This was rather bad for me, because in the old CF8 version the struct contained, among other things, a further struct with all the custom mappings for the application. A quick glance at the new object showed  that my mappings were nowhere to be found.

So now what? I created an object of type applicationScope and sniffed around.

 <cfset app = createObject("java","coldfusion.runtime.ApplicationScope") /> 
 <cfdump var="#app#">

The answer was pretty easy to find. The new getApplicationSettingsMap() function returns the struct that I used to use in CF8. One quick fix and my tool was back up and running.

Of course it is worth pointing out that this whole change probably happened because of the new getApplicationMetaData function, which gives me a "documented" way to get at some of the things I could only see through sneaky means in the past.

If you just need to see the meta data of the application of the calling template, use that instead.


Years ago we built an administration tool for our servers that allows us to view and administer all of the CF applications currently running. With it we reach into the application scope of each app and can do a number of things,  like refreshing objects cached in the application scope, clearing cached files, and so on.

Anyway, the key behind this magic is the ApplicationScopeTracker object, which lives in the coldfusion runtime.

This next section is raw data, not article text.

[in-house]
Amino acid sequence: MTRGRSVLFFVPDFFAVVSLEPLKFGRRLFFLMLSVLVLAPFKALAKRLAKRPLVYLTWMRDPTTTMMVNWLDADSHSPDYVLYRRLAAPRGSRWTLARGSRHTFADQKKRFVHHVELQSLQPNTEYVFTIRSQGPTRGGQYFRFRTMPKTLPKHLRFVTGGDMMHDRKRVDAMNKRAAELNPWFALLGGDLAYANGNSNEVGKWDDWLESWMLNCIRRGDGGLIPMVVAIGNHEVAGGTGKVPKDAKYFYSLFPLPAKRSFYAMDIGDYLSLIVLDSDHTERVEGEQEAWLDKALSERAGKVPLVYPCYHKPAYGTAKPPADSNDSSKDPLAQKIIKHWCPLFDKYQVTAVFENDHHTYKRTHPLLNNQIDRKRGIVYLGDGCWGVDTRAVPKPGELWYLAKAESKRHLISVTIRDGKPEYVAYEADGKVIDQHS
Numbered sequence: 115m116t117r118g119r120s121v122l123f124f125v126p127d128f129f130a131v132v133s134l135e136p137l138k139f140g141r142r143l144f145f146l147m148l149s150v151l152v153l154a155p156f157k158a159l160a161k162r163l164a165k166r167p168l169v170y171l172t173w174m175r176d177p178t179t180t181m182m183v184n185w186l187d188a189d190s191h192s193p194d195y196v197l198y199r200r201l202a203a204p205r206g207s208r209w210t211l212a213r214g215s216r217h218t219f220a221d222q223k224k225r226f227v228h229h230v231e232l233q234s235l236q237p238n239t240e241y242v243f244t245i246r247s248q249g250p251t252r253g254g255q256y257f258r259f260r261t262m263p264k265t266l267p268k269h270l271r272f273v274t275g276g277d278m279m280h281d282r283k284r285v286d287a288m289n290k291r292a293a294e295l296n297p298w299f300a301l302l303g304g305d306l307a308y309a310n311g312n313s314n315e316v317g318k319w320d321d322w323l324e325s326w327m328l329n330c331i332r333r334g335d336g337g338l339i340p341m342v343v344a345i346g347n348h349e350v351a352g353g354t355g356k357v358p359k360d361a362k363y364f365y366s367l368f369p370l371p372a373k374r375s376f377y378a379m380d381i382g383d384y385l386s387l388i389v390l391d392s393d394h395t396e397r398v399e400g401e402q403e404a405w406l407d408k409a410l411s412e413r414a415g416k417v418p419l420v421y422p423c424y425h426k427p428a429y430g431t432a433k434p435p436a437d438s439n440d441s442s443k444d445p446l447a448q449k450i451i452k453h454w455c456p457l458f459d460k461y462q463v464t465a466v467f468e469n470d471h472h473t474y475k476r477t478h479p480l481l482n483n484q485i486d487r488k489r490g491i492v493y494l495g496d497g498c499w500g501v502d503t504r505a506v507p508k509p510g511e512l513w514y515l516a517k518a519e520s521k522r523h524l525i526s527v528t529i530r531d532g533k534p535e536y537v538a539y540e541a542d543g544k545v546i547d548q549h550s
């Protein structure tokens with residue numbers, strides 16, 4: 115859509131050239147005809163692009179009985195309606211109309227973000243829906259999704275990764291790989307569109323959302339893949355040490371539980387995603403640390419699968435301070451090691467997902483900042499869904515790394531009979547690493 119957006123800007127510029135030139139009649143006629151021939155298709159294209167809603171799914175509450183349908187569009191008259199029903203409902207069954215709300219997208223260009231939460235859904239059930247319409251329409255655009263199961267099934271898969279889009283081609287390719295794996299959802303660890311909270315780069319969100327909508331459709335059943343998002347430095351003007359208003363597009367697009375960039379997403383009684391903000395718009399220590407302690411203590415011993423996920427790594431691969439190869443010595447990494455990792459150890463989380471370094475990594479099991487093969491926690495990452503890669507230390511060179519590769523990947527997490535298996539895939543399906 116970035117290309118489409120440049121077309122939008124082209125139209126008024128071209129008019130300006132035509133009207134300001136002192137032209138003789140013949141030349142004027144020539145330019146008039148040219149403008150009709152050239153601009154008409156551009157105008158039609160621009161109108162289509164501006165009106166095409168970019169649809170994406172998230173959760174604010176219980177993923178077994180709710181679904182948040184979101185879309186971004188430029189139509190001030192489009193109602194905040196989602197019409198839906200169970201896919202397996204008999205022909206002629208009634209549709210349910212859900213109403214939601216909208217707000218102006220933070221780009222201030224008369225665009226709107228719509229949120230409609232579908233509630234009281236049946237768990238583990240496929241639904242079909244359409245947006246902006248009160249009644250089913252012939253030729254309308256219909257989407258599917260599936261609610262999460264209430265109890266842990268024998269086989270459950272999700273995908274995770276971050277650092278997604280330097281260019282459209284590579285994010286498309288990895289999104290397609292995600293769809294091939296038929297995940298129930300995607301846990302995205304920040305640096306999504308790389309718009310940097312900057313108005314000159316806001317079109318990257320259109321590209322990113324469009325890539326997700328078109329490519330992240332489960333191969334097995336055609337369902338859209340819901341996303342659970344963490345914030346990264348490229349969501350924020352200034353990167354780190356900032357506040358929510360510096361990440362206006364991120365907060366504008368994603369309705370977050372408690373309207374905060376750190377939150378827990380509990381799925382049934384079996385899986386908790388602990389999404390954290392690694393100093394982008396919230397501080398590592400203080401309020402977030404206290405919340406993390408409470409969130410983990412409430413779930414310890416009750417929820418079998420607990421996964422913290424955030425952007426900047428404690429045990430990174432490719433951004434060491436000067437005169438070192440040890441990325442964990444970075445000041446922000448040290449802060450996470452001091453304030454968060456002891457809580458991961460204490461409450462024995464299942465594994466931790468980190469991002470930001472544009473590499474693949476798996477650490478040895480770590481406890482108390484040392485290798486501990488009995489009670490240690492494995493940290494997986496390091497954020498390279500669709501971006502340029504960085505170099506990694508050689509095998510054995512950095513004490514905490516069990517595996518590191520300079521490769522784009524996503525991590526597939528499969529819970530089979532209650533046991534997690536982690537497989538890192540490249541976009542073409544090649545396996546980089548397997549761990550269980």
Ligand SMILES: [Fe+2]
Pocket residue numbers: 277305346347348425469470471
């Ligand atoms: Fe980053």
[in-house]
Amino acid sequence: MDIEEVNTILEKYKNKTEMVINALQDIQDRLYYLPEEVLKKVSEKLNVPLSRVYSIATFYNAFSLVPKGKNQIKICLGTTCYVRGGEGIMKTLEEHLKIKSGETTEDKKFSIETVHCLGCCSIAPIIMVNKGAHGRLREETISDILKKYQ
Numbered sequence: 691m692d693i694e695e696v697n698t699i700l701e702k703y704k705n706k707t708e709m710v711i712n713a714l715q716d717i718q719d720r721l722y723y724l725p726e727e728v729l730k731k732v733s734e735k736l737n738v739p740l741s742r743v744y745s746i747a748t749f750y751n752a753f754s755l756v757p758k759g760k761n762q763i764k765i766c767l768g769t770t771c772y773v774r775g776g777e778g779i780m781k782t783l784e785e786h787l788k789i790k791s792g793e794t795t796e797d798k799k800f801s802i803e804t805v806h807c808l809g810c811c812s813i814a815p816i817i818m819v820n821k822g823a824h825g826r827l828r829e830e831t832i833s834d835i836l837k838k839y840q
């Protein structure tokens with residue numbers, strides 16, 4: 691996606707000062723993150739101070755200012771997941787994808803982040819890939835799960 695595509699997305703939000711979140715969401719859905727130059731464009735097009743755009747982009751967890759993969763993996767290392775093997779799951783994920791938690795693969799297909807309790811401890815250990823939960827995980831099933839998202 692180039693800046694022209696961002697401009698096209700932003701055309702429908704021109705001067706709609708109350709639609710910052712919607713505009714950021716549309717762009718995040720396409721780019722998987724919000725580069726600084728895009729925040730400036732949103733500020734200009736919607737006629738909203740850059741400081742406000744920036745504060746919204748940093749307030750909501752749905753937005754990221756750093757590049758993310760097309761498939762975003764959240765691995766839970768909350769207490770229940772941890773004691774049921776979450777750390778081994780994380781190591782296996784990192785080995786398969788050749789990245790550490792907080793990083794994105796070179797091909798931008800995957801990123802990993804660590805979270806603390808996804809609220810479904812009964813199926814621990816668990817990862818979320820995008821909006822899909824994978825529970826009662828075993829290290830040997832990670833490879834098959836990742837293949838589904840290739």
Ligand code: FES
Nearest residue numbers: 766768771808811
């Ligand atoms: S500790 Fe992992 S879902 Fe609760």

<cfset apptracker = createObject("java","coldfusion.runtime.ApplicationScopeTracker") />

Above, I have created the variable "apptracker". Let's make a dump of this.

The only method I've ever really played around here with is getApplicationScope(). This function takes the name of an application as argument, and returns the entire application scope of that app.

<cfset appscope = apptracker.getApplicationScope('someappname') />
<cfdump var="#appscope#">

That will give you a dump of your entire application scope. I'll spare you a picture of that since my application scopes tend to be pretty big. :)

What you may not realize at first when looking at the dump though, is that actually we are dealing with an object of type coldfusion.runtime.ApplicationScope, and not a struct. To prove this we can execute a method on it.

<cfdump var="#appscope.getApplicationSettings()#">

And we see this:

Now these functions have been around a pretty long time, and they're  pretty well documented on a lot of other blogs around the web. They can be pretty useful too, although it's important to remember that when working with these  underlying java functions  we are using unofficial and  thus unsupported parts of the Coldfusion engine.

These functions are subject to change and sometimes do. In fact such a change gave me my first CF10 "ouch", which I'll get to in the next post.

The Upgrade

Where I work in Frankfurt there is a lot of Coldfusion. In fact we're probably one of the biggest Coldfusion users in Germany. For the last few years we've been using CF8, but that will be changing during our upcoming upgrade to CF10.

I'm creating this blog to track our experiences for this big leap!